The Role of Glucose-6-Phosphate Dehydrogenase in the Clearance of Oxidant Stress Products in Muscle During Exercise
Paolino Ninfali a and Nereo Bresolin b .
a Institute of Biological Chemistry "G. Fornaini", University of Urbino, Italy
b Institute of Clinical Neurology, D. Ferrari Center, University of Milan., Italy
Glucose-6-phosphate dehydrogenase (G6PD ; D-glucose-6-phosphate: NADP 1-oxidoreductase, E.C.220.127.116.11 ) catalyzes the conversion of glucose-6-phosphate to 6-phosphogluconate with NADPH production. The enzyme is an important site of metabolic control in the hexose monophosphate shunt. The shunt provides NADPH and pentose phosphates: the former is involved in lipid biosynthesis and plays a major role in maintaining sulfhydryl groups in the cell; the latter are precursors of nucleic acids and all nucleotide coenzymes (1).
The deficiency of G6PD is the best understood and most thoroughly studied enzymopathy. This defect is widely distributed geographically and it is estimated to affect 400 million people in the world. More than 380 variants have been found through the biochemical characterization of the enzyme. Most of them have been confirmed at DNA level (2), others have been shown to share the same mutation, while new variant types are still emerging (3-4). They are grouped into four classes depending on the degree of the enzyme deficiency and clinical symptoms.
The major clinical consequence of G6PD deficiency is hemolytic anemia, which is, in most variants, a consequence of ingestion of Vicia Faba beans, drugs, infections or acidosis. Some of the rare types of G6PD deficiency are associated with chronic non-spherocytic hemolytic anemia, which is further exacerbated by oxidant stress (1). It is commonly believed that in all G6PD deficient variants, the enzyme defect is much more severe in erythrocytes than in other tissues (2,5). Other tissues have seldom been investigated, since no convincing proof of an association between G6PD deficiency and other pathologies exists. Among the mammalian tissues, muscle has the lowest G6PD activity (5-6) and it has generally been regarded as particularly insensitive to genetically determined G6PD deficiency. However in the last decade, we had the occasion to study various G6PD deficient subjects, exhibiting symptoms like myalgias, cramps and muscle weakness, under various conditions of stress, including stress caused by physical exercise. We hypothesized that G6PD deficient subjects may be more prone to manifest this muscle symptomatology than normal subjects (7-9) and that G6PD deficiency may be included among those pathologies which restrict participation in high intensity sports. Since the enzyme defect is asymptomatic in most cases, many people do not even know they are affected by G6PD deficiency. Therefore it is conceivable that an individual begins to practise high intensity sports in his youth, without paying any attention to the possible complications associated with this enzyme defect.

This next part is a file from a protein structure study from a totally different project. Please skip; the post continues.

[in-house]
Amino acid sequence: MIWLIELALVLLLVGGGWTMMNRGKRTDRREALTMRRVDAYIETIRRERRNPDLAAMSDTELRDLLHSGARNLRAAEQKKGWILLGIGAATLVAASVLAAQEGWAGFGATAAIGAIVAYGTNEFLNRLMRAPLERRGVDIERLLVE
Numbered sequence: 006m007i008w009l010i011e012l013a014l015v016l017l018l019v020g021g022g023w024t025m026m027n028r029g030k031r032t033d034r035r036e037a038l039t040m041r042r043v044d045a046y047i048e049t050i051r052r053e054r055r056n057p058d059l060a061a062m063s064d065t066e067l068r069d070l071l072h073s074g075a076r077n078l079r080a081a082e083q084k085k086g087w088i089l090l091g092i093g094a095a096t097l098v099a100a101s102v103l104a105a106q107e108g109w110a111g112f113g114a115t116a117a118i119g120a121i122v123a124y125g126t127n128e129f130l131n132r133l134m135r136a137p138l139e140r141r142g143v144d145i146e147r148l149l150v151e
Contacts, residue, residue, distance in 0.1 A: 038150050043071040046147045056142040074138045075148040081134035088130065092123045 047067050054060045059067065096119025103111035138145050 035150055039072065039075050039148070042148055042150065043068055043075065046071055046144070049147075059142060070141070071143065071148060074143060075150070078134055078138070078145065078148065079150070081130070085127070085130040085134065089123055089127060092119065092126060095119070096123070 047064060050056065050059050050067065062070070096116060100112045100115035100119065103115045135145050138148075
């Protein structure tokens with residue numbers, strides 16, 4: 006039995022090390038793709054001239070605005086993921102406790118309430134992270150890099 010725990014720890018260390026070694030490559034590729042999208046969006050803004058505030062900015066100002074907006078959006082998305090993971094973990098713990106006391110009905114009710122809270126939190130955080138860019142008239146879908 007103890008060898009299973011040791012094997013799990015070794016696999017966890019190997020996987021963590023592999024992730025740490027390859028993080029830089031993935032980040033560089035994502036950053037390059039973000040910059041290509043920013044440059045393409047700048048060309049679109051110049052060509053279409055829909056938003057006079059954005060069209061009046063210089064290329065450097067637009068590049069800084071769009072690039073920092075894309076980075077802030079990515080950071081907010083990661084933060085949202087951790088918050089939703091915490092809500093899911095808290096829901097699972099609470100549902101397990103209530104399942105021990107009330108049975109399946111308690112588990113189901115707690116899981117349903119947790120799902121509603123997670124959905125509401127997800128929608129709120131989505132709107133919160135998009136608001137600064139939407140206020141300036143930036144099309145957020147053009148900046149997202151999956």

This commentary calls attention to this problem.
Patients and laboratory findings
The patients under study were 33 G6PD deficient male patients, admitted to the Neurologic Clinic, University of Milan. Twelve of them had frequent episodes of cramps, myalgias and muscle weakness. In these patients we attempted to correlate the RBC G6PD activity with the extent of fatigability, cramps and myalgias, but these data did not reach statistical significance. On the contrary, we have seen that fatigability and myalgias correlate statistically (p<0.05) with cramps (10).
The clinical history and the severity of the symptomatology, prompted us to perform a more complete laboratory investigation, including muscle biopsy, on 8 out of 33 patients. Biopsies were performed after having received the voluntary consent of the patients or their parents, in conformity with the principles of the Helsinki declaration. The 8 patients had three different variants: 4 were G6PD Mediterranean: 2 were G6PD A-; 1 was G6PD Seattle-like. The G6PD assay on muscle cell homogenates revealed that the enzyme deficiency was always present in muscle and there was a significant correlation (p<0.0002) between G6PD activity in skeletal muscle and its activity in erythrocytes (11).